To address joint visions of the two institutions of Royal Bhutan Police (RBP) and Office of the Attorney General (OAG) and to strengthen the professional capacity of law implementers, a five-days training on ‘Joint Investigation and Prosecution Training’ was conducted in Paro which concluded on 19th this week.
The training was also aimed at streamlining and drafting a uniform investigation and criminal prosecution of the RBP and revised prosecution manual of the OAG.
Attorney General (AG), Lungten Dubgyur, said the inception of this training was the culmination of His Majesty the King’s vision that the OAG as the state institution should respond to the emerging needs of the society in terms of specialization in the key areas of laws to promote due process, rule of law and the administration of justice in the Kingdom.
For this purpose, he said the OAG has conducted a thorough research and has finalized tailor-made training programs and its contents incorporate the best of national and international practices with key resource persons from the Judiciary, OAG, Anti-Corruption Commission and RBP.
Lungten Dubgyur, said, the application of standard, uniform, and common methods of investigation and prosecution that are expected to uphold due process, protection of rights, women and children’s rights, rule of law, and the mainstreaming of criminal justice system in the country was their primary agenda.
Lt Col. Chador Namgay from RBP said it’s very difficult for them to contact each other when there was lack of coordination. “While police submit investigation report to OAG and if the case falls below petty misdemeanor, the police prosecute the case but if it above the misdemeour, the case should report to OAG.”
Chador Namgay added that OAG reinvestigate the case submitted by the OAG and frame the charge sheet. “If the OAG found lack of evidence which was submitted by the police, the OAG drop the case which is just a loss of RBP’s effort. Therefore, the training would improve the coordination among the institutions.”
He said the OAG, as the Central State Prosecution Agency, must continue to strive to provide access to justice both to the victim (s) as well as to the person(s) so charged.
“The OAG is also mandated to advise the government on various legal issues in upholding the rule of law and democratic structures. Invariably the RBP is one of the most important organizations of the State, tasked with legal responsibilities to uphold rule of law, and plays a crucial role to uphold the criminal justice system, besides carrying out the prosecution of criminal cases of offences that are of petty misdemeanor and below,” added the AG.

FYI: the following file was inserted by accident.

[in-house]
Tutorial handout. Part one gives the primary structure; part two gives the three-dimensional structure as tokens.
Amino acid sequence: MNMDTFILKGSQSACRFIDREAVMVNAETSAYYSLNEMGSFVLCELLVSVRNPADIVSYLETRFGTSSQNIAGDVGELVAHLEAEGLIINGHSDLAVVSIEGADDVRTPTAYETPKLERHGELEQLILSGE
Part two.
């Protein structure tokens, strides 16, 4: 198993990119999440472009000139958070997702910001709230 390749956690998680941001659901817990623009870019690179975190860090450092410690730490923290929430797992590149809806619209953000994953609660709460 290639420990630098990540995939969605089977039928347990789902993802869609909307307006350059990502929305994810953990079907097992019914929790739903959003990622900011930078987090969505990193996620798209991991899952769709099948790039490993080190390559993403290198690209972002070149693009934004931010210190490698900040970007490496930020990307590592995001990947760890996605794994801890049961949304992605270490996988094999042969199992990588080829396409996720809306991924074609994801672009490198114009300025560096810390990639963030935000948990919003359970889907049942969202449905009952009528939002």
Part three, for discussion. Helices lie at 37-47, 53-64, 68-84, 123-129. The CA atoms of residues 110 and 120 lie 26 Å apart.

The key objectives of the training included strengthen professionalism, build capacity, and sensitize on basic human rights, constitutional principles, due process of law, fair trial, rule of law, and access to justice; share current and prevailing practices on the police investigation, anti-corruption investigations and compilation of uniform investigation reports across all police stations.
In addition they will come up with the best standard practices of scientific collection, compilation of evidence and case analysis and equip the prosecutors, police officials, and legal officers with the enhanced skills of drafting, well-counsel oral arguments, cross-examination, and criminal proceedings.
These also include preparing summary trials, evidence and closing statements, and execute and enforce court judgments with effectiveness and efficiency.
It also aims to enhance and improve the linkages between the two agencies with other justice sectors in matters related to the roles of prosecutors, police, and other agencies on ‘Diversion of Child in Conflict with Laws’ and address issues related to Domestic Violence, prevention, dictation, and response.
Meanwhile, the training culminated in the adoption of the “Common Investigation Procedure” and “uniform charge sheet” preparation by the RBP and update the existing “uniform charge sheet and prosecution manual” for the OAG.
The AG further said that the review of a case must involve a holistic outlook, due diligence, and incorporation of both the Evidentiary Test and Public Interest Test.
“For ensuring any state prosecution, our legal vetting must consider the mitigating and aggravating circumstances of the case, cost-benefit analysis, consistency, consequential fairness, and evaluation of the overall impact on the criminal justice system,” he said.
Meanwhile, the joint training will be organized in five batches of about 30 participants each covering a maximum number of law enforcers, state prosecutors and legal officers of the government agencies.